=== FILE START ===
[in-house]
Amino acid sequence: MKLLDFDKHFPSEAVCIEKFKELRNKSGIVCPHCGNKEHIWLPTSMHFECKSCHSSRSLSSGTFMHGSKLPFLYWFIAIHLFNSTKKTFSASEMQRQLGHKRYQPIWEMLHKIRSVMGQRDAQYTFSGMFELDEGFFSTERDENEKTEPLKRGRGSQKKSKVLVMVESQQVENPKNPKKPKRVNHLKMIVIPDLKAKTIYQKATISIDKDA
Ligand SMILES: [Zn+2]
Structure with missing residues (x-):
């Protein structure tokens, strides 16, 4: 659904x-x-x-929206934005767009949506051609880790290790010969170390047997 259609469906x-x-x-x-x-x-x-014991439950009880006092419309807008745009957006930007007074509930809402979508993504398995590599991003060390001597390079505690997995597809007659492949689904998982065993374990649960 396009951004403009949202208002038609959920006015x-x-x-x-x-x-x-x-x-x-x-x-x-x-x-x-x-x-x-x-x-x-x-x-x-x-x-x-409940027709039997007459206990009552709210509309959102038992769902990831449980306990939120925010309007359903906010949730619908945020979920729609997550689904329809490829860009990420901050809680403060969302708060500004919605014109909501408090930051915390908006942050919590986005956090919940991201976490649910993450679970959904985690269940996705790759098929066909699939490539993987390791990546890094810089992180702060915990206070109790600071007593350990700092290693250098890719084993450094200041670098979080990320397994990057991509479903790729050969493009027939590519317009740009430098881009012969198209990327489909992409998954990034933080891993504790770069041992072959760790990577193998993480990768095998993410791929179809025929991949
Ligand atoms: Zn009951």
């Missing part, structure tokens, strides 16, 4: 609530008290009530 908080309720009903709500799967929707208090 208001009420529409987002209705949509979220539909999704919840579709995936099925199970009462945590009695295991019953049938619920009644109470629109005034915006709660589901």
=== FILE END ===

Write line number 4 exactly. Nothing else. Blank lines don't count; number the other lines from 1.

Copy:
Structure with missing residues (x-):